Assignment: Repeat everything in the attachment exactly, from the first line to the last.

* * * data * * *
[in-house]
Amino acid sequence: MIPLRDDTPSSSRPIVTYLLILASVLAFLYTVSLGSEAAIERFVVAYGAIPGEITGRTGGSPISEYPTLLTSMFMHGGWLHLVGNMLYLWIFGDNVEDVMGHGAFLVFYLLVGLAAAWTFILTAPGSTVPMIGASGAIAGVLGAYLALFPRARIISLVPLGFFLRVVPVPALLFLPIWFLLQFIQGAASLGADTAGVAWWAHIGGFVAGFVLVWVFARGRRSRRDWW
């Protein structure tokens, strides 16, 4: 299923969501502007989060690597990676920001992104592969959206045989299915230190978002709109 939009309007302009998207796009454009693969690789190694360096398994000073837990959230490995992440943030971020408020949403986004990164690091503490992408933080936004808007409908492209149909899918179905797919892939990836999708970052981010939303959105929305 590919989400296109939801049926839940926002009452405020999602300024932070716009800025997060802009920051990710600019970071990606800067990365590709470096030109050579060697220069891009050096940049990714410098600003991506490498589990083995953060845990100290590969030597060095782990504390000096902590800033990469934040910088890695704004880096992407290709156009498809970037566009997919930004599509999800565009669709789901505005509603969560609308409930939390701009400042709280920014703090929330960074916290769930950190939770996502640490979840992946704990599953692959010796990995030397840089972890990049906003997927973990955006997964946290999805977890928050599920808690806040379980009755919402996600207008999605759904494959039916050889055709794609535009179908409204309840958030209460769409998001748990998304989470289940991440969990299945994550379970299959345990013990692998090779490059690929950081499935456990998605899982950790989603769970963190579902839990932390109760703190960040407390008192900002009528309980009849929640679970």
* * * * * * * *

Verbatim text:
[in-house]
Amino acid sequence: MIPLRDDTPSSSRPIVTYLLILASVLAFLYTVSLGSEAAIERFVVAYGAIPGEITGRTGGSPISEYPTLLTSMFMHGGWLHLVGNMLYLWIFGDNVEDVMGHGAFLVFYLLVGLAAAWTFILTAPGSTVPMIGASGAIAGVLGAYLALFPRARIISLVPLGFFLRVVPVPALLFLPIWFLLQFIQGAASLGADTAGVAWWAHIGGFVAGFVLVWVFARGRRSRRDWW
């Protein structure tokens, strides 16, 4: 299923969501502007989060690597990676920001992104592969959206045989299915230190978002709109 939009309007302009998207796009454009693969690789190694360096398994000073837990959230490995992440943030971020408020949403986004990164690091503490992408933080936004808007409908492209149909899918179905797919892939990836999708970052981010939303959105929305 590919989400296109939801049926839940926002009452405020999602300024932070716009800025997060802009920051990710600019970071990606800067990365590709470096030109050579060697220069891009050096940049990714410098600003991506490498589990083995953060845990100290590969030597060095782990504390000096902590800033990469934040910088890695704004880096992407290709156009498809970037566009997919930004599509999800565009669709789901505005509603969560609308409930939390701009400042709280920014703090929330960074916290769930950190939770996502640490979840992946704990599953692959010796990995030397840089972890990049906003997927973990955006997964946290999805977890928050599920808690806040379980009755919402996600207008999605759904494959039916050889055709794609535009179908409204309840958030209460769409998001748990998304989470289940991440969990299945994550379970299959345990013990692998090779490059690929950081499935456990998605899982950790989603769970963190579902839990932390109760703190960040407390008192900002009528309980009849929640679970």